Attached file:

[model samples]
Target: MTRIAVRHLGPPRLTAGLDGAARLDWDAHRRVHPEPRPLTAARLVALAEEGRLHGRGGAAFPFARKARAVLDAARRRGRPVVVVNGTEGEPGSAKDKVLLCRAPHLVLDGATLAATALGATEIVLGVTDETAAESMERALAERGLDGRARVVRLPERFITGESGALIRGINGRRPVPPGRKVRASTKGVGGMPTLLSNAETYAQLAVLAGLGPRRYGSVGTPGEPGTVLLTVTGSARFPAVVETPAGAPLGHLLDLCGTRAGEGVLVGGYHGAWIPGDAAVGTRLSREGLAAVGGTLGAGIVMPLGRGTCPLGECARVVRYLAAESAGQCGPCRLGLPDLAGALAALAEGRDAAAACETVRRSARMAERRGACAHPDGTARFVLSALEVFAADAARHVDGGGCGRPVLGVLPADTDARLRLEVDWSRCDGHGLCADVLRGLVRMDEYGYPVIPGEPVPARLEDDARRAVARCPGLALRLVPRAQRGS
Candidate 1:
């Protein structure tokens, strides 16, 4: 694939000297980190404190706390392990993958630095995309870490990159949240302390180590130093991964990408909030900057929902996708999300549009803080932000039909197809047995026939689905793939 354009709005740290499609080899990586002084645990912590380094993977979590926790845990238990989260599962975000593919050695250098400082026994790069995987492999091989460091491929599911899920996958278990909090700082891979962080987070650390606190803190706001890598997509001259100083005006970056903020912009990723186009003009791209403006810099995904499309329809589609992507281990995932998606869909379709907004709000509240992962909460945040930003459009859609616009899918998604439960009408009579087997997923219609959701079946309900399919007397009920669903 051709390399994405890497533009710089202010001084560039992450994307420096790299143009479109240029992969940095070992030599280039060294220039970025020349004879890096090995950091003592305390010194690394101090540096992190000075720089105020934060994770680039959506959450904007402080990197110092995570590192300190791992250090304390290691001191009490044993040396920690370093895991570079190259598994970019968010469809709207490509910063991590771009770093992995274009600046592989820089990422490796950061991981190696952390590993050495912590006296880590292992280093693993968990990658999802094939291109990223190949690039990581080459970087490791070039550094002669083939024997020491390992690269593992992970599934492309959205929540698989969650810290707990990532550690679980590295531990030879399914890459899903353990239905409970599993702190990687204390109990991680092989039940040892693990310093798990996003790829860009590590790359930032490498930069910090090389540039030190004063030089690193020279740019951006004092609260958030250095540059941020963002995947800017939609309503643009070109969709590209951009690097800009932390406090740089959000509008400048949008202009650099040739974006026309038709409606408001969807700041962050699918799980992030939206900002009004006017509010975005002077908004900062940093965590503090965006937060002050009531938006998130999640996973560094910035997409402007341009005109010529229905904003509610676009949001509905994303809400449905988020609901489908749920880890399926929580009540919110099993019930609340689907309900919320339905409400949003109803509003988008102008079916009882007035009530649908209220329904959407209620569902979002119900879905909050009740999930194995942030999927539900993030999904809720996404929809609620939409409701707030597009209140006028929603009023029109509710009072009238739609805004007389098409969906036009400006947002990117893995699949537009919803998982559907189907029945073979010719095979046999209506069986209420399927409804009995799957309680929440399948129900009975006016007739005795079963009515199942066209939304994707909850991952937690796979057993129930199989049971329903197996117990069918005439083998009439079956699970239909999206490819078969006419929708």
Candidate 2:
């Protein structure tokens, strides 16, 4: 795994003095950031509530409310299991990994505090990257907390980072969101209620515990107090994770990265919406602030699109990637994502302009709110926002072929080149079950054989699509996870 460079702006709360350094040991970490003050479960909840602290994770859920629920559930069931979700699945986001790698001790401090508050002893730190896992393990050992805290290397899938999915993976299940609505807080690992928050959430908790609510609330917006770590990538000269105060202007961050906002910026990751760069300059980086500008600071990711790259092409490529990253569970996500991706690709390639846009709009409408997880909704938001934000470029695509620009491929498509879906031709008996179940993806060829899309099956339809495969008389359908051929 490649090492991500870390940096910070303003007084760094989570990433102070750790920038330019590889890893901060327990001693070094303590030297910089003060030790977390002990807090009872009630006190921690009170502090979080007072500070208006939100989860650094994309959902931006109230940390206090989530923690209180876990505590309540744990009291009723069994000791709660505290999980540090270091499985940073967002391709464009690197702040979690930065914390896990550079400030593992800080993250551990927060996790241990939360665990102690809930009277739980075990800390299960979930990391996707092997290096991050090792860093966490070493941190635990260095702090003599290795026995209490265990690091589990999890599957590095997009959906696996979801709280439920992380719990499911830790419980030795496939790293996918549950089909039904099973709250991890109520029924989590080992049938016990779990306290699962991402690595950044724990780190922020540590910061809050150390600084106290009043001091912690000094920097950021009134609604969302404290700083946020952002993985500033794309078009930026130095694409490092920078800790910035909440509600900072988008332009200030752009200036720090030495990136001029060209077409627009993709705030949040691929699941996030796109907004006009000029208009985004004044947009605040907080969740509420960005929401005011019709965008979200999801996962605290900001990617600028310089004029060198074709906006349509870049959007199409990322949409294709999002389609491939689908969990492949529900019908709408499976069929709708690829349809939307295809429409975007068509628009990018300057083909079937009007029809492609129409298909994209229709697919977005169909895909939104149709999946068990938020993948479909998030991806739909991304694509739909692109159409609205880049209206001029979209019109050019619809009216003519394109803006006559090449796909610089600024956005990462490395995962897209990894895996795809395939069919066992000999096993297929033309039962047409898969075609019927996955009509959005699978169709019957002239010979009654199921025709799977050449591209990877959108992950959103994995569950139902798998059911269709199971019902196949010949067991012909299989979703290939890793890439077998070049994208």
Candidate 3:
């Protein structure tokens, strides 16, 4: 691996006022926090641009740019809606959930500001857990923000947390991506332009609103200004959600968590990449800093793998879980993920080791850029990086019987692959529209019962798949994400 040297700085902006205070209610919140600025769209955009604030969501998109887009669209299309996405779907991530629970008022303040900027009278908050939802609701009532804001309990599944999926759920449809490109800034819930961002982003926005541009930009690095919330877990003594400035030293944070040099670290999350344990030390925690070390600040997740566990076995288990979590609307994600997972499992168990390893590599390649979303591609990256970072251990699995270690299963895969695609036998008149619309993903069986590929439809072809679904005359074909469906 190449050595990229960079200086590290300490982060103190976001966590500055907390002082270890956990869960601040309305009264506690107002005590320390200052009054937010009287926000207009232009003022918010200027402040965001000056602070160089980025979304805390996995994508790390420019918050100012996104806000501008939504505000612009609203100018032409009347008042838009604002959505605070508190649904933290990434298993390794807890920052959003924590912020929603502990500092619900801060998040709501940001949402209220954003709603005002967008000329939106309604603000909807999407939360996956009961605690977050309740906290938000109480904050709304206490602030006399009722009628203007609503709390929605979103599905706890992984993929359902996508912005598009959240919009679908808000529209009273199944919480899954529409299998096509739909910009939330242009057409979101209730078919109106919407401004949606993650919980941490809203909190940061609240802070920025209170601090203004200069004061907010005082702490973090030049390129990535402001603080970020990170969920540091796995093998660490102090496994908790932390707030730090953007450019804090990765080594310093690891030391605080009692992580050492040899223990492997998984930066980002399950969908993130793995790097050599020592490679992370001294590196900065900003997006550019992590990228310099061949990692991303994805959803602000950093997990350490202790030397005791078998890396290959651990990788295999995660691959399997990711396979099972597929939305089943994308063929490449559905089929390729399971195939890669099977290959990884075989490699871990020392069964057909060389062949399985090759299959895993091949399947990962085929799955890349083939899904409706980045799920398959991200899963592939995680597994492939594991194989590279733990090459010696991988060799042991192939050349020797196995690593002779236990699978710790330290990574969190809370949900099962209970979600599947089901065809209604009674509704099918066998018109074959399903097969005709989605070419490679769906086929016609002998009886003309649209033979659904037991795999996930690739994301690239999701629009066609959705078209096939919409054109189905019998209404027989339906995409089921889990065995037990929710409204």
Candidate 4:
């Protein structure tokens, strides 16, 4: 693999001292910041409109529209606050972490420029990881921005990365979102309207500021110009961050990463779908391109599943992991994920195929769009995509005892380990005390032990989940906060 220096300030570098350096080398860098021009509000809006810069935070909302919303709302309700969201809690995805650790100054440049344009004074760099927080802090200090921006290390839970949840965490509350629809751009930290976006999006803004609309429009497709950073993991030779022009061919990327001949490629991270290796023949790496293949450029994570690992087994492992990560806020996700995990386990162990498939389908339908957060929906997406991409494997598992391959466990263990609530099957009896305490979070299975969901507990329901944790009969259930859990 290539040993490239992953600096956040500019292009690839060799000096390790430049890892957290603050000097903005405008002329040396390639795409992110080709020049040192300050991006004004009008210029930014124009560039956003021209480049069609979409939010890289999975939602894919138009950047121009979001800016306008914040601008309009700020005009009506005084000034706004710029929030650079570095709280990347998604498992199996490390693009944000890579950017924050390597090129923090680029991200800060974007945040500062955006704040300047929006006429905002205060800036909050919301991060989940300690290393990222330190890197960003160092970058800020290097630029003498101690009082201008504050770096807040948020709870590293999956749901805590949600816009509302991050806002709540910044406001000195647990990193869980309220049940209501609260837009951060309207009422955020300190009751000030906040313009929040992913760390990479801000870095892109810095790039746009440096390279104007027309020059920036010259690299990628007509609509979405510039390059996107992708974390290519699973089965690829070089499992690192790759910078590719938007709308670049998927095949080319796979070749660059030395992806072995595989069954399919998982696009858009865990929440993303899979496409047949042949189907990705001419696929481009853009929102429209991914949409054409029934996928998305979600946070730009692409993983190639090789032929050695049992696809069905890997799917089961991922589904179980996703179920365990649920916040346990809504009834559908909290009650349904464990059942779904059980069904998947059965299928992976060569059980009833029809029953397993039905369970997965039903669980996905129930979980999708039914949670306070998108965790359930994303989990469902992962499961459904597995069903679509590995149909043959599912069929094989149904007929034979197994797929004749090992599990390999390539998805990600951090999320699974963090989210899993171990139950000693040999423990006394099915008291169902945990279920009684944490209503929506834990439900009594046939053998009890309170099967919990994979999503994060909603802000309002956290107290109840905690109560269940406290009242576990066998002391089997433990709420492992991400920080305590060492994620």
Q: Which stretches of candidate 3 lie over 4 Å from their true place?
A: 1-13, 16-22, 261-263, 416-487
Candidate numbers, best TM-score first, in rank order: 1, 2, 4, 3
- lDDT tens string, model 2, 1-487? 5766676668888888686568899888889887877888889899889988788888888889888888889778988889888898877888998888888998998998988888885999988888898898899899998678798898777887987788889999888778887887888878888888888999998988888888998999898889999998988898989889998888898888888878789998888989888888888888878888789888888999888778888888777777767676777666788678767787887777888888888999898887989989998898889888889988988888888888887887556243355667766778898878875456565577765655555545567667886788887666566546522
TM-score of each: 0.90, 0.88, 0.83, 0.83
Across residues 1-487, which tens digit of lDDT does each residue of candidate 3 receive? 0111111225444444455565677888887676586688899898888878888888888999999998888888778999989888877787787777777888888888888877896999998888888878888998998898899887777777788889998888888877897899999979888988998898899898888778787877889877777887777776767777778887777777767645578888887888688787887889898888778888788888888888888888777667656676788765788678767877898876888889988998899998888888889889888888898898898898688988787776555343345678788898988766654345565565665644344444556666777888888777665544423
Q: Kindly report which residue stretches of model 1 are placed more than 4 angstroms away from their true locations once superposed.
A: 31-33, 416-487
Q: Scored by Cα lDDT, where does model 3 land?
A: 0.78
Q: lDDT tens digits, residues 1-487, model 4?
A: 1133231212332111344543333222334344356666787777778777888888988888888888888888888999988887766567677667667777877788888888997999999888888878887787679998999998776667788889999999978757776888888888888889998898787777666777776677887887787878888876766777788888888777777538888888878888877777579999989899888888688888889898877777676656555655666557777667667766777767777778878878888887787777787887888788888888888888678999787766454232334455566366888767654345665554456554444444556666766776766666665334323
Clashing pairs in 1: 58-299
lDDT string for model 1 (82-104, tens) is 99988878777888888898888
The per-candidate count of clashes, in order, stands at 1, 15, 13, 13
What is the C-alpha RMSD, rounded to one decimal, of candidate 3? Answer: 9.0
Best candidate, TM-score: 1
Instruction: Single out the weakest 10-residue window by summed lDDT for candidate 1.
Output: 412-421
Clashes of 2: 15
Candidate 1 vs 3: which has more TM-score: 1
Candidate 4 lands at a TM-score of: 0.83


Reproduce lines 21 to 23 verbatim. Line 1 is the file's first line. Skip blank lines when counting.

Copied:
Q: lDDT tens digits, residues 1-487, model 4?
A: 1133231212332111344543333222334344356666787777778777888888988888888888888888888999988887766567677667667777877788888888997999999888888878887787679998999998776667788889999999978757776888888888888889998898787777666777776677887887787878888876766777788888888777777538888888878888877777579999989899888888688888889898877777676656555655666557777667667766777767777778878878888887787777787887888788888888888888678999787766454232334455566366888767654345665554456554444444556666766776766666665334323
Clashing pairs in 1: 58-299